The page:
Mild traumatic brain injuries, also known as concussions, can be sustained through various means, including sports injuries, falls, and car accidents. While any individual is susceptible to an mTBI, research has shown that women are twice as likely to incur a sports-related concussion than men.   The research also demonstrated that women appear to have worse symptom and treatment outcomes following a diagnosed concussion than their male counterparts do.
But why are females at an increased risk of sports-related concussion? And equally as important, is the question of why females demonstrate worse outcomes following a sports-related concussion? One theory suggests weaker neck muscles may be a contributor, which increases susceptibility to head injuries due to less stability to protect against an impact. Additionally, hormones (like estrogen and progesterone) and cerebral blood flow may play a role in how the brain responds to trauma and recover from injury. While not yet published, our group has done both magnetic resonance imaging (MRI) and NeuroCatch® portable brain scans to show increased white matter neuroplasticity differences and increased attention and cognitive brain vital signs in females when compared to males. These too may point to important factors for future research in concussion in females.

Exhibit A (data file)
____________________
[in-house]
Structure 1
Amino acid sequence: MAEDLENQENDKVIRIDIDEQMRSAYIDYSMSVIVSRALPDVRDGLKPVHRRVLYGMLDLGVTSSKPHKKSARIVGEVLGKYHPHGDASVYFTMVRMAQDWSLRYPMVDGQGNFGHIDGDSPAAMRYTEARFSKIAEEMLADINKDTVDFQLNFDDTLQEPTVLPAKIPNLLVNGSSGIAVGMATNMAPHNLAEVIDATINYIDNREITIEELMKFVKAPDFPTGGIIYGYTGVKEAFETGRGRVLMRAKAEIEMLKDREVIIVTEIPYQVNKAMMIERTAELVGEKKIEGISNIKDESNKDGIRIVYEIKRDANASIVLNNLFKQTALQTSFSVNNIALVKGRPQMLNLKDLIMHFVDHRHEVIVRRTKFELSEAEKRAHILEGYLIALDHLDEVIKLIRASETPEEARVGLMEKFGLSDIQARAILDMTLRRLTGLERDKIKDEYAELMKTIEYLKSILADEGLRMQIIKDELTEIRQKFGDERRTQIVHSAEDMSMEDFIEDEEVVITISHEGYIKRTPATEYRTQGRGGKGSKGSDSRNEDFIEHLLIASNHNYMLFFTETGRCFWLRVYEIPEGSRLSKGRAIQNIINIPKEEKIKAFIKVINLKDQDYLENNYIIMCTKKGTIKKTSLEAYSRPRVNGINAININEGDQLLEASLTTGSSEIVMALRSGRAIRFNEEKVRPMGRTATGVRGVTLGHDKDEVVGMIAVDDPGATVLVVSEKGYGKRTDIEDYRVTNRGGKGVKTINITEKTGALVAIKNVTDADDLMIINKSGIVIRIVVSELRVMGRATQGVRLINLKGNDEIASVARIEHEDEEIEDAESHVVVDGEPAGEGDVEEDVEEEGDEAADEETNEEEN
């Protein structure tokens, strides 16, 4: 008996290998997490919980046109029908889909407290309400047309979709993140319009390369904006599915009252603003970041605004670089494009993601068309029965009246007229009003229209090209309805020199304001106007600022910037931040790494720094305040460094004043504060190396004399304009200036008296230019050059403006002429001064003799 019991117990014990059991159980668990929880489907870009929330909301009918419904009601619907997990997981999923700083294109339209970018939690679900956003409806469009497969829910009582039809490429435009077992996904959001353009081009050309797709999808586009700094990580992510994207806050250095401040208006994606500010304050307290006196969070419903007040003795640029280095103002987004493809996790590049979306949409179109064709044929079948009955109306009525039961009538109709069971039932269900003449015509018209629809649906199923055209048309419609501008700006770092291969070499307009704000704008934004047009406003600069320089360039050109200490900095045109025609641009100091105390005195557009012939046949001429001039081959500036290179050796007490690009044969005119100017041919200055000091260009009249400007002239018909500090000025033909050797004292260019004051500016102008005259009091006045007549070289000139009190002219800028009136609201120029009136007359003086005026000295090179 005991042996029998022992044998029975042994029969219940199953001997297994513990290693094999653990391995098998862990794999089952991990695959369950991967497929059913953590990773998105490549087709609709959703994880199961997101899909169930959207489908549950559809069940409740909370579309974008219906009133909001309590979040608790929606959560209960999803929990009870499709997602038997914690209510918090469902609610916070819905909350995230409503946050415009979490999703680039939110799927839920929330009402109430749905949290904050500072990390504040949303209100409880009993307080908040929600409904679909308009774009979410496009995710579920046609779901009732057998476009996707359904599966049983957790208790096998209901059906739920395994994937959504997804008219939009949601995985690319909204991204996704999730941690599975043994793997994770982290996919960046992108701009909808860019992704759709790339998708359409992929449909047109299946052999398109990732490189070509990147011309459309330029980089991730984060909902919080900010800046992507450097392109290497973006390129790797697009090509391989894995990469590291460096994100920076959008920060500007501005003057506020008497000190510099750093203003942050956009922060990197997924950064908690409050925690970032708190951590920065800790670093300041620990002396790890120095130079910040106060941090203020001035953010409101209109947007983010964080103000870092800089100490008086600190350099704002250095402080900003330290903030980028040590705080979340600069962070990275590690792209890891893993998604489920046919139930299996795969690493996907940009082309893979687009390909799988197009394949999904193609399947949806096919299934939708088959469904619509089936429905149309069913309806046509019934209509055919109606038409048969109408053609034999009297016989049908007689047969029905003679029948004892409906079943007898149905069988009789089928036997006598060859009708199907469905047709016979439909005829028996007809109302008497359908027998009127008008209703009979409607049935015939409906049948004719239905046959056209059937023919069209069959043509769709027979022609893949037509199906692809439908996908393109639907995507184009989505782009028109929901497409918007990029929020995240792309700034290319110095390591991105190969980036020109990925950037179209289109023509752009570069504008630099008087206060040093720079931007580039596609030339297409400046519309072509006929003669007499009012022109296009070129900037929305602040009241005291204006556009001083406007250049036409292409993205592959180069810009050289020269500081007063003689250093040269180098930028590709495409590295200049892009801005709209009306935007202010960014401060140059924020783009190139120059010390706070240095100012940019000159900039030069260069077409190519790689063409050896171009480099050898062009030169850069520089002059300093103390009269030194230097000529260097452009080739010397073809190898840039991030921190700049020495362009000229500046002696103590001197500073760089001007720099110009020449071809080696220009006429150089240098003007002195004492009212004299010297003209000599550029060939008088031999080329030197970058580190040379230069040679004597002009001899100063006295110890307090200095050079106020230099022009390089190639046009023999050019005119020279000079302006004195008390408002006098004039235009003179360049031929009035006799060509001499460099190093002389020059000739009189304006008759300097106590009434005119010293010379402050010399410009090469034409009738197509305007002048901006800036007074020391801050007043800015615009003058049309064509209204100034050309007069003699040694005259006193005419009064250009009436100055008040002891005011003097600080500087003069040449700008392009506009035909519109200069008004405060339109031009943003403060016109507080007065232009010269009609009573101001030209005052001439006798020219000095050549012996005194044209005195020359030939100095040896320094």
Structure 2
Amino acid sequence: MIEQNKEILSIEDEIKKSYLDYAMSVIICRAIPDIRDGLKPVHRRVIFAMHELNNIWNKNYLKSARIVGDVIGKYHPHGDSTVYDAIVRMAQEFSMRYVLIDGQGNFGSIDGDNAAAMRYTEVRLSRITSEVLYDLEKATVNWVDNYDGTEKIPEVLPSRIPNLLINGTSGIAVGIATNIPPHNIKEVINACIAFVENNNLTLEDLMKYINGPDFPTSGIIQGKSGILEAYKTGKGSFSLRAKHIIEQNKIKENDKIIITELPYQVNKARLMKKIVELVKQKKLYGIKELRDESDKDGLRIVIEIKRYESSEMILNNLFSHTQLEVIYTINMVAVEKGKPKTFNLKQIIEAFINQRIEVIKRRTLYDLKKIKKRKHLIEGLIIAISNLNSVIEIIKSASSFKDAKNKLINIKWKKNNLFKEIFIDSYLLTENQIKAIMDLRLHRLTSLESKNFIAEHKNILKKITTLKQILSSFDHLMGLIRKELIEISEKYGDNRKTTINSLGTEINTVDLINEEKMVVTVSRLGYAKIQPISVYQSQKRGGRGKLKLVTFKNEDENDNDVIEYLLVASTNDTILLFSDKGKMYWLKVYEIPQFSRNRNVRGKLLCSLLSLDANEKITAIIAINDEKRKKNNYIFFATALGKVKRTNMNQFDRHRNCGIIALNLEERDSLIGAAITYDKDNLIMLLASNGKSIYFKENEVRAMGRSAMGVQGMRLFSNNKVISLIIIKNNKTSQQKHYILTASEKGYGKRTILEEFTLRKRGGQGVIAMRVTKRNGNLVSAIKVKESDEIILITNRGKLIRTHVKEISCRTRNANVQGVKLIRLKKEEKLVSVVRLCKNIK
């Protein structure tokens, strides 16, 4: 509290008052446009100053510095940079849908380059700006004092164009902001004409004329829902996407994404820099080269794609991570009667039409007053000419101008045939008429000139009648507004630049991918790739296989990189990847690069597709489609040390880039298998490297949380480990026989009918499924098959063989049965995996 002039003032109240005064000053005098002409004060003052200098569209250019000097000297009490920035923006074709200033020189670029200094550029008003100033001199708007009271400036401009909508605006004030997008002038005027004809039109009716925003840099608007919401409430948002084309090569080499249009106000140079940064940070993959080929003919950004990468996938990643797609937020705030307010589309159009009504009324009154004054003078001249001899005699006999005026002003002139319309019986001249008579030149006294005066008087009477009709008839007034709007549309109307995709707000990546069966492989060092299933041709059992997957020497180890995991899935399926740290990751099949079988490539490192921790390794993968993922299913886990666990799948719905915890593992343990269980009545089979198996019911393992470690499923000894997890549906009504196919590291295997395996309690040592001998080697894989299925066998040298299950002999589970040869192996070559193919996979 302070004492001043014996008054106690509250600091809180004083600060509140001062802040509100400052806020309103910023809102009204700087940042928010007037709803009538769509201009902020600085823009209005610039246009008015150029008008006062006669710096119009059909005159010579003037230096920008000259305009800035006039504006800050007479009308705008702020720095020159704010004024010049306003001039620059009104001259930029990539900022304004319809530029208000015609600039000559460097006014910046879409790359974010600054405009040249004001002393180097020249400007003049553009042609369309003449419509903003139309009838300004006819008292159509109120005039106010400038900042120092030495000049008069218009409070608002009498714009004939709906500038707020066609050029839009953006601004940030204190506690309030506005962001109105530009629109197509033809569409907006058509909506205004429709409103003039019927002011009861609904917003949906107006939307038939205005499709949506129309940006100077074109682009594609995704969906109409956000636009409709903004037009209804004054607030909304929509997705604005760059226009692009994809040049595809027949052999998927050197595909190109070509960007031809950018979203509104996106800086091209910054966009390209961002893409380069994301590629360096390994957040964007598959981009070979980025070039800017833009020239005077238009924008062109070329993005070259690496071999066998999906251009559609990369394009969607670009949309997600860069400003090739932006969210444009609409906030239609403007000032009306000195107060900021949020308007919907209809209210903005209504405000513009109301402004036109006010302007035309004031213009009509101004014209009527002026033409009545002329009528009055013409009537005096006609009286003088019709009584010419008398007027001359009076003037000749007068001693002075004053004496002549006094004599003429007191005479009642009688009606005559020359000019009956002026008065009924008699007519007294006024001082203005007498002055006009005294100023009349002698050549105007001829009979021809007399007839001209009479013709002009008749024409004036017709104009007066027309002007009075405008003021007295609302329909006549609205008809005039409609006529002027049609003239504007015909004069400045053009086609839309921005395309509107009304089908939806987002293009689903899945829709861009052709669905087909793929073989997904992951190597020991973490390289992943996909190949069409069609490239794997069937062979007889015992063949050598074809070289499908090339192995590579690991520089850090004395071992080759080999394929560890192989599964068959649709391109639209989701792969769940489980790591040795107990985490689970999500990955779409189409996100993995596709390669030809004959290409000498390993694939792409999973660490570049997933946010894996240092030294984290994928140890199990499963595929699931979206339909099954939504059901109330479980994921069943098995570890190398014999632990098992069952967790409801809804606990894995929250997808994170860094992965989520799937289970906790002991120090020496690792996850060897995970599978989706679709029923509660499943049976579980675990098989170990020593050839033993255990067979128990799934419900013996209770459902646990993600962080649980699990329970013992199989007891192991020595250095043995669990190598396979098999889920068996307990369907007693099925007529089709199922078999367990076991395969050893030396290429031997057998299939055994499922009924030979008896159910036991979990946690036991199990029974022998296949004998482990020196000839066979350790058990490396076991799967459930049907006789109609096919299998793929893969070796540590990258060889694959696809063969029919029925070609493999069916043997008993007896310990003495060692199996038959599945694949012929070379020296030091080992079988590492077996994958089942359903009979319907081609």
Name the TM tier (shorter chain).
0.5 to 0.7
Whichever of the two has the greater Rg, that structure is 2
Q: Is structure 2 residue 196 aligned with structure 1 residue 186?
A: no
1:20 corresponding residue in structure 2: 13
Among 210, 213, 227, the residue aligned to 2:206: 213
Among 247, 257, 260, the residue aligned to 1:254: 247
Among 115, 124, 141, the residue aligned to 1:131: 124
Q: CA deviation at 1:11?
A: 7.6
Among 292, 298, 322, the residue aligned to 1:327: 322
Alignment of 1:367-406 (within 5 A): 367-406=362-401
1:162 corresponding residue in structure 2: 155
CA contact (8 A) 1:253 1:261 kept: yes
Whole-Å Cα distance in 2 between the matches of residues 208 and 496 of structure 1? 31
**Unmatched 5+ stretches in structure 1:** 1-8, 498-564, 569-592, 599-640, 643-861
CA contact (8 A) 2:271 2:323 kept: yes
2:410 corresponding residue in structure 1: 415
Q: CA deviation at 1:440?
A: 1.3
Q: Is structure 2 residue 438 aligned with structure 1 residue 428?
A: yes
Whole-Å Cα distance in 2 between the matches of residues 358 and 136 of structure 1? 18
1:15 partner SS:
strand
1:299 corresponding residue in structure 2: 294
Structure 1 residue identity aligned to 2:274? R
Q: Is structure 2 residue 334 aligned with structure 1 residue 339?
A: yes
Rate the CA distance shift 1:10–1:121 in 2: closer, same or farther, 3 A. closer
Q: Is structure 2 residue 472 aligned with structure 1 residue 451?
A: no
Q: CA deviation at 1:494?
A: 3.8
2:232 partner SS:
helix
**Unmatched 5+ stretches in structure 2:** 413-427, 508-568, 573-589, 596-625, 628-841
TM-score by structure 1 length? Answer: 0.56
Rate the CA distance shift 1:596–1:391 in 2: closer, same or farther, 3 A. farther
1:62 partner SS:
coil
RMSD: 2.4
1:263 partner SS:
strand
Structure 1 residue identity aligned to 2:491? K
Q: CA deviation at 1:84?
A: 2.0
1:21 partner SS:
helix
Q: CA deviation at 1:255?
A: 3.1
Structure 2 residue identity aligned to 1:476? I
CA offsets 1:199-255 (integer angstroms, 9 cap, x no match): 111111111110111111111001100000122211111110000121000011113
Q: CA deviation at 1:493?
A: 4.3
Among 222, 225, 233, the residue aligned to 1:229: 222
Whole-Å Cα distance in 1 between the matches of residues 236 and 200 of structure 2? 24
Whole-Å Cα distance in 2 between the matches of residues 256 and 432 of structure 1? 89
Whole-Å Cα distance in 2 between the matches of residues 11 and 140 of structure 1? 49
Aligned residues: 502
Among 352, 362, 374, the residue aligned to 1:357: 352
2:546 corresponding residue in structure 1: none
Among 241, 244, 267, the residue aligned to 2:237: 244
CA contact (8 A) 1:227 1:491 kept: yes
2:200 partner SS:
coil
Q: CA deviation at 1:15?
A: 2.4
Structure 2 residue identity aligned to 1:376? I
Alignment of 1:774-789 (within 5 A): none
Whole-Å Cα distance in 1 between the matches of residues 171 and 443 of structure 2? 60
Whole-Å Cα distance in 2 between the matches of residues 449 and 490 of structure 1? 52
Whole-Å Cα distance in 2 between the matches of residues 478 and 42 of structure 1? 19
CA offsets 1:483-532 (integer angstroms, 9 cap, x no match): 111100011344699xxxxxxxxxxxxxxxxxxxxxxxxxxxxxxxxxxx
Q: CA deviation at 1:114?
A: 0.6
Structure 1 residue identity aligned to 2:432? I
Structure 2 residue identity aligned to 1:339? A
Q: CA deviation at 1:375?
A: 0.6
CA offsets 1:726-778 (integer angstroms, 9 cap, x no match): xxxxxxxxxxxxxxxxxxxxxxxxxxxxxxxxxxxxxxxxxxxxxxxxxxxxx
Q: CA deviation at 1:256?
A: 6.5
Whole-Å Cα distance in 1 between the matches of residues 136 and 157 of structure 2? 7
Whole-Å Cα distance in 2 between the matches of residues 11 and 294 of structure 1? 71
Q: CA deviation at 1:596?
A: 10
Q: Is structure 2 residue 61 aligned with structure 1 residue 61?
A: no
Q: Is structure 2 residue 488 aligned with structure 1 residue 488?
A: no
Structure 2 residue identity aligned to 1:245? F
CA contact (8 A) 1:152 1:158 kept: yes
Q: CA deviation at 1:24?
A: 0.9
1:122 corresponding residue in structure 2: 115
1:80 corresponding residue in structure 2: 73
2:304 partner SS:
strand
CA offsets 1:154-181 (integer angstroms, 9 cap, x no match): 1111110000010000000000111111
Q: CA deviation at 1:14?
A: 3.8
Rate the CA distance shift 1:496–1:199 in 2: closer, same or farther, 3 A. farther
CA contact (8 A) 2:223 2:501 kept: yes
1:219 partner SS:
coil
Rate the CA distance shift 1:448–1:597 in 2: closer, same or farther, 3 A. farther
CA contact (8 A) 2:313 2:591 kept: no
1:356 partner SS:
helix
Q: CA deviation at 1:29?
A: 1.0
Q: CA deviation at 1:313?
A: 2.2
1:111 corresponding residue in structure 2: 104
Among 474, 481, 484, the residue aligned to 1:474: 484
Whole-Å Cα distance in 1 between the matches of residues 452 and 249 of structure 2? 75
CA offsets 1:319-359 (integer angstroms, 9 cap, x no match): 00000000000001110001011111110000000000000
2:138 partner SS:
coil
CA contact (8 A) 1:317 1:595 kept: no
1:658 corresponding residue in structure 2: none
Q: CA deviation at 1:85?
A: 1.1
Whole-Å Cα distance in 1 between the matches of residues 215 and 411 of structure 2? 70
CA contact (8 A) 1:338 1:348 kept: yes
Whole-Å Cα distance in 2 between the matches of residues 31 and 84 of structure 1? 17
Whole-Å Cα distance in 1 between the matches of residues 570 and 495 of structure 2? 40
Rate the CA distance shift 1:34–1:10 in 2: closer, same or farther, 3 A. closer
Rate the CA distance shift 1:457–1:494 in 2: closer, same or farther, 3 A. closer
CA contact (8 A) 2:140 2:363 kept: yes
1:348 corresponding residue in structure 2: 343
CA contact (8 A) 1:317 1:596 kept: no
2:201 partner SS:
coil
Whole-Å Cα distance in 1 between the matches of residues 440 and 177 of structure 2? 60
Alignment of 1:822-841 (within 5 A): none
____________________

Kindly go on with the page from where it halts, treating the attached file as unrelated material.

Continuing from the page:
So, let’s summarize. Females in sport appear to be more likely to sustain a concussion, experience more severe symptoms, and take longer to recover. Yet, most sports-related concussion protocols are based on research data collected from males. Consequently, there is a priority need for female brain research on concussion to fill the gap.
Like most research, medical studies have generally not included female participants, and male research data have been generalized to females. However, our preliminary NeuroCatch® results comparing high school female and male brain vital signs are confirming that such a generalization cannot be made. Similar to cardiovascular research, research focused on males receives much more attention for important conditions like coronary artery disease, despite the fact that the at-risk female group experience far higher rates of morbidity and death. This gap represents a huge omission for females, such as delays in treatment, and inadequate or ineffective treatment.
While concussion prevention is important, such measures can only protect our female athletes so much. Females remain broadly under-represented in concussion research, resulting in real-life disadvantages. We need to better understand gender differences in concussion and extrapolate this to evidence-based management and treatment. Let’s close the gap in concussion.
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